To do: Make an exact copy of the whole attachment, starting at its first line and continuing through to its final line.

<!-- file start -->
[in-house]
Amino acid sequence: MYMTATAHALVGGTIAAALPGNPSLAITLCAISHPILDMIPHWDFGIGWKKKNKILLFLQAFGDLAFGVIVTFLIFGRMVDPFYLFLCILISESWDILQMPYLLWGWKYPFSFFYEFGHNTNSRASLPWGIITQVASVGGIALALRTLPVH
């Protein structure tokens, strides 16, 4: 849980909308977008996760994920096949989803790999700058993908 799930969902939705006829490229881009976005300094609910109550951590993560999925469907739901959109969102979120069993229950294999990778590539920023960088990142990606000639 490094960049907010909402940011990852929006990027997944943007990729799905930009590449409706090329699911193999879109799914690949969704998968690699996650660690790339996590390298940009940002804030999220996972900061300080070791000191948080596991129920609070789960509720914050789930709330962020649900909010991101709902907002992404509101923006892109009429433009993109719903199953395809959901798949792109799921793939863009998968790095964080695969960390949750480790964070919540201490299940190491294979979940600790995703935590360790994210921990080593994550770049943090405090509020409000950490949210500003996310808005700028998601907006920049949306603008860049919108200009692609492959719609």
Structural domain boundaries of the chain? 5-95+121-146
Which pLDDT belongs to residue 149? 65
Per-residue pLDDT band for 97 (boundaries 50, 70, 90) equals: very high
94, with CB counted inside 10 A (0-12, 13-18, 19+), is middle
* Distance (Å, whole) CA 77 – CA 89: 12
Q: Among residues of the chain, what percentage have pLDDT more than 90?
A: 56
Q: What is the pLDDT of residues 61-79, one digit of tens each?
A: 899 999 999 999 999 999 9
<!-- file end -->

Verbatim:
[in-house]
Amino acid sequence: MYMTATAHALVGGTIAAALPGNPSLAITLCAISHPILDMIPHWDFGIGWKKKNKILLFLQAFGDLAFGVIVTFLIFGRMVDPFYLFLCILISESWDILQMPYLLWGWKYPFSFFYEFGHNTNSRASLPWGIITQVASVGGIALALRTLPVH
């Protein structure tokens, strides 16, 4: 849980909308977008996760994920096949989803790999700058993908 799930969902939705006829490229881009976005300094609910109550951590993560999925469907739901959109969102979120069993229950294999990778590539920023960088990142990606000639 490094960049907010909402940011990852929006990027997944943007990729799905930009590449409706090329699911193999879109799914690949969704998968690699996650660690790339996590390298940009940002804030999220996972900061300080070791000191948080596991129920609070789960509720914050789930709330962020649900909010991101709902907002992404509101923006892109009429433009993109719903199953395809959901798949792109799921793939863009998968790095964080695969960390949750480790964070919540201490299940190491294979979940600790995703935590360790994210921990080593994550770049943090405090509020409000950490949210500003996310808005700028998601907006920049949306603008860049919108200009692609492959719609």
Structural domain boundaries of the chain? 5-95+121-146
Which pLDDT belongs to residue 149? 65
Per-residue pLDDT band for 97 (boundaries 50, 70, 90) equals: very high
94, with CB counted inside 10 A (0-12, 13-18, 19+), is middle
* Distance (Å, whole) CA 77 – CA 89: 12
Q: Among residues of the chain, what percentage have pLDDT more than 90?
A: 56
Q: What is the pLDDT of residues 61-79, one digit of tens each?
A: 899 999 999 999 999 999 9